Medivir has posted data from a phase 2 trial of its histone deacetylase (HDAC) inhibitor in patients with cutaneous T-cell lymphoma (CTCL). One regimen of the treatment triggered responses in 40% of subjects, a finding that has encouraged the Swedish pharmaceutical company to push ahead with plans to start a phase 3 trial later this year.
Investigators enrolled 60 patients with the slow-growing mycosis fungoides form of CTCL, a type of non-Hodgkin lymphoma that initially manifests as eczemalike skin patches. Medivir randomized the participants to receive one of three regimens of topical HDAC inhibitor remetinostat. Patients took the drug for between six and 12 months—depending on whether they continued past the initial 26-week cutoff—and underwent assessments of lesion severity every four weeks.
Medivir saw the highest proportion of responders among the 20 patients who administered a 1% formulation of remetinostat gel twice a day. In this cohort, Medivir saw eight responses, including one complete response. The other cohorts received either a 1% formulation once a day or a 0.5% formulation twice a day. Those cohorts recorded response rates of 20% and 25%, respectively. Medivir said the drug was well tolerated and the trial saw no signs of systemic adverse effects.
The data build on interim results presented at the start of last year by TetraLogic Pharmaceuticals, the company Medivir bought the experimental asset from in November in a deal worth $12 million upfront. At the interim review, TetraLogic recorded eight responses among the 34 patients assessed at that time. Medivir sees the updated data as supporting the rationale that drove it to buy the asset.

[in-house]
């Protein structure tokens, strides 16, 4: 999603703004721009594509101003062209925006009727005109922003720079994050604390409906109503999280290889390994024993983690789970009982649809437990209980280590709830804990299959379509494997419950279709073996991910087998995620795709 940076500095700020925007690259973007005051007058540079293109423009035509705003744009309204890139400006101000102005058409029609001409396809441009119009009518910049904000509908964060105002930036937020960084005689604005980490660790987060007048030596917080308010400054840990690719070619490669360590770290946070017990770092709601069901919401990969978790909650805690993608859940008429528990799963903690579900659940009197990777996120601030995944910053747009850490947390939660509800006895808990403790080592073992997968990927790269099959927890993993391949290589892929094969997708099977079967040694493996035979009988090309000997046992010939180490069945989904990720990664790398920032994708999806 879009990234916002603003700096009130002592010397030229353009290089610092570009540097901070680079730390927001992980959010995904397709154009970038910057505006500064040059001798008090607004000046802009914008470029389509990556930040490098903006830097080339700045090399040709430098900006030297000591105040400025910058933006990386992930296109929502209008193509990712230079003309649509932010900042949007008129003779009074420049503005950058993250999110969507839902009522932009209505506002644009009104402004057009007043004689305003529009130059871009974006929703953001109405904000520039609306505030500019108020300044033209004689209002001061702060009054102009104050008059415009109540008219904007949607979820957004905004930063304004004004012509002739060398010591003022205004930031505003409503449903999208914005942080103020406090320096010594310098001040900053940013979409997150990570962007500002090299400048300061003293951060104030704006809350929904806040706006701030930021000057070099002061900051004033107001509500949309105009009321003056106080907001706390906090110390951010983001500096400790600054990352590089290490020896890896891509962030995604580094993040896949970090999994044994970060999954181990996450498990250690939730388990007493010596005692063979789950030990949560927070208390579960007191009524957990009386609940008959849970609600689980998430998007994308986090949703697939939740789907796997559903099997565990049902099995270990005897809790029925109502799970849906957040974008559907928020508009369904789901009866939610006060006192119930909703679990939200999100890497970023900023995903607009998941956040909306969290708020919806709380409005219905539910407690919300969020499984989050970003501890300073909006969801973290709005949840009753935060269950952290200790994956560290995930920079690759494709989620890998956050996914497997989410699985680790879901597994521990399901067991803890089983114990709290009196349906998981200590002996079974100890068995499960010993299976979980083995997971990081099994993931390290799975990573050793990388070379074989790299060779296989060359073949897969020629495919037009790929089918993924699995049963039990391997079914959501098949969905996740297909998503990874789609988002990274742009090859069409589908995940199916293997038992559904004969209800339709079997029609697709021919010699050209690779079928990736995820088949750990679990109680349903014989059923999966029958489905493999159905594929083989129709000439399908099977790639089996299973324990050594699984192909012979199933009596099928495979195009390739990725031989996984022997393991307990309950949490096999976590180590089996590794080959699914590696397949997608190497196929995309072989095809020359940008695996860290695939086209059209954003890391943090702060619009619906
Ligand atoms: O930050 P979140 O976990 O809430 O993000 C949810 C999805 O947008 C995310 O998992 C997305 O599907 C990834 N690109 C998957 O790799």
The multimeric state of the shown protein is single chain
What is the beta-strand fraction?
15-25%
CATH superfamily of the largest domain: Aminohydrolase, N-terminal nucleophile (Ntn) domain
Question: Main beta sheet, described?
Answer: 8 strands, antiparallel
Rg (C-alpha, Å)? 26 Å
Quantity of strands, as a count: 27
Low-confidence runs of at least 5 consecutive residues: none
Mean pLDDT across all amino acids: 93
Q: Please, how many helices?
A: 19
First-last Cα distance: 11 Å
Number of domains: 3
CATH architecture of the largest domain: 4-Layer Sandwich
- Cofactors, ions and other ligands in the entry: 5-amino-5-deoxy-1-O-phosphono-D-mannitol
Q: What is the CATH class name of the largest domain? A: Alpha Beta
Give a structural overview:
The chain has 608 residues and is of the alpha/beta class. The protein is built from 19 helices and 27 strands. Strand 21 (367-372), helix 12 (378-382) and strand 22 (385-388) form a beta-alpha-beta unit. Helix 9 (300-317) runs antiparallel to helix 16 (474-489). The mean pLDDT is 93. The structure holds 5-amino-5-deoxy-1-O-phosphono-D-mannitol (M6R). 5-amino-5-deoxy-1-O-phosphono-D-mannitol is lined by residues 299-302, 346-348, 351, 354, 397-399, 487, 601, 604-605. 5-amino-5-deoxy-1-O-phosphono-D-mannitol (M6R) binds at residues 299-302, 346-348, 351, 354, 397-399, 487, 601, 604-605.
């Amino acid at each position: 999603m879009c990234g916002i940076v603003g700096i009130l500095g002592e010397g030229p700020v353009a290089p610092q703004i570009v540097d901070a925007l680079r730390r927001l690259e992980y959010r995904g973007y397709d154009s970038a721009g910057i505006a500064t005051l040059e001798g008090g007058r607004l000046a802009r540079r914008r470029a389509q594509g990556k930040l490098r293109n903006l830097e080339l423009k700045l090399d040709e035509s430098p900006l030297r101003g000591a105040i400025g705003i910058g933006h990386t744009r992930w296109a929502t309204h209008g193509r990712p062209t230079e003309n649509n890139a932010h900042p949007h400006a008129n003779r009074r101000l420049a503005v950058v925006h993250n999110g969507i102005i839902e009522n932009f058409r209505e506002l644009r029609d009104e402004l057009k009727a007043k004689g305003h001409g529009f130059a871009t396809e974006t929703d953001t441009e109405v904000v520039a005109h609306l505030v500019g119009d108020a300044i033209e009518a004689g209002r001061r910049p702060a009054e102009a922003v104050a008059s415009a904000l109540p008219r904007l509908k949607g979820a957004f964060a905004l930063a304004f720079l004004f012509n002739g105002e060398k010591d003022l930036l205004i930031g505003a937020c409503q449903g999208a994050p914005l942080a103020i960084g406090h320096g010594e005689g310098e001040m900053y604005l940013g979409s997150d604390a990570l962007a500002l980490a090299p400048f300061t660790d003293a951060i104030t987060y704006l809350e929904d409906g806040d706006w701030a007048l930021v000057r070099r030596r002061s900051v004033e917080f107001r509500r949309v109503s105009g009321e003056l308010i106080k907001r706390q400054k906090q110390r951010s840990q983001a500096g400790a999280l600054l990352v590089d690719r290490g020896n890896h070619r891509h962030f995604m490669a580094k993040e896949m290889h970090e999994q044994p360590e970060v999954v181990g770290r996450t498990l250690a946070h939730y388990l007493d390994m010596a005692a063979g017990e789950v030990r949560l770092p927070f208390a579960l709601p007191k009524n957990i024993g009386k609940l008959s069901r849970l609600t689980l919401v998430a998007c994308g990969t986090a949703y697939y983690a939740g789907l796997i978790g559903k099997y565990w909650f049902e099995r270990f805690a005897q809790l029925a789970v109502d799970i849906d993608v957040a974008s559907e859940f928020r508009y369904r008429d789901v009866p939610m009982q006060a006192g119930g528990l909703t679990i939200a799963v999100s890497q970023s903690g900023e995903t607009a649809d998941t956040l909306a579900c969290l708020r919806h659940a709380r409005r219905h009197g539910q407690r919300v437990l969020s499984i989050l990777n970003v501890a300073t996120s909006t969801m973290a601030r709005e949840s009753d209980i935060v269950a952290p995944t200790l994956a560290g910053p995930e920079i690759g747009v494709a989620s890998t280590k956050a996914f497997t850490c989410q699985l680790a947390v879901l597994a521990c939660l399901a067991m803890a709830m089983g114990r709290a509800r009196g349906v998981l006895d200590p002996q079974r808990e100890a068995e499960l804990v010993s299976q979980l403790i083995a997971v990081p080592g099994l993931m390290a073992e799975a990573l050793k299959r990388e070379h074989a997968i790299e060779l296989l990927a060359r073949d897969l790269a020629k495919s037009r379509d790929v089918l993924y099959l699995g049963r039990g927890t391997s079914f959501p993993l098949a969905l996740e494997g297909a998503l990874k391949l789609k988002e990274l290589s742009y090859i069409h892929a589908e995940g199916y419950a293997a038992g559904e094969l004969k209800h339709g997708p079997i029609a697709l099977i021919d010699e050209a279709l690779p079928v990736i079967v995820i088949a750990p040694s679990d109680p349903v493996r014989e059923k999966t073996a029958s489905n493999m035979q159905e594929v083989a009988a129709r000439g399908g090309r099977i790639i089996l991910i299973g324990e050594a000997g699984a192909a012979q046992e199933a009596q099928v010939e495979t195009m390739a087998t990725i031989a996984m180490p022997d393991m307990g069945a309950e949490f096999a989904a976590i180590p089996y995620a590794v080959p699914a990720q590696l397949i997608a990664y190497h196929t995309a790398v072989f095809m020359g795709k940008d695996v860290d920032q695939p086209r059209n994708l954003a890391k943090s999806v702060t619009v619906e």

"There are few drugs available for the treatment of the disease, and those currently available have generally poor tolerability,” Medivir CSO Richard Bethell said in a statement. “Remetinostat was designed to effectively inhibit HDACs within cutaneous lesions, but to be rapidly broken down in the bloodstream, preventing the side effects associated with systemically administered HDAC inhibitors.”
With Medivir interpreting the data as giving remetinostat a shot at meeting this therapeutic need, it plans to start talking to regulators with a view to getting into phase 3 before the end of the year. When Medivir bought the asset last year it predicted it could win approval with a phase 3 program of “modest size and cost,” but that it was unlikely to bring remetinostat to market before 2021.
If Medivir can execute that plan, it thinks a market worth $900 million in the U.S. will open up. As it stands, physicians take a watch-and-wait approach to some patients with early-stage CTCL, before going on to treat them with topical steroids. Later-line treatments include chemotherapy cream, ultraviolet light and radiotherapy. But, as Medivir sees it, there is a need for more tolerable, easier to use treatment options for patients with early-stage CTCL.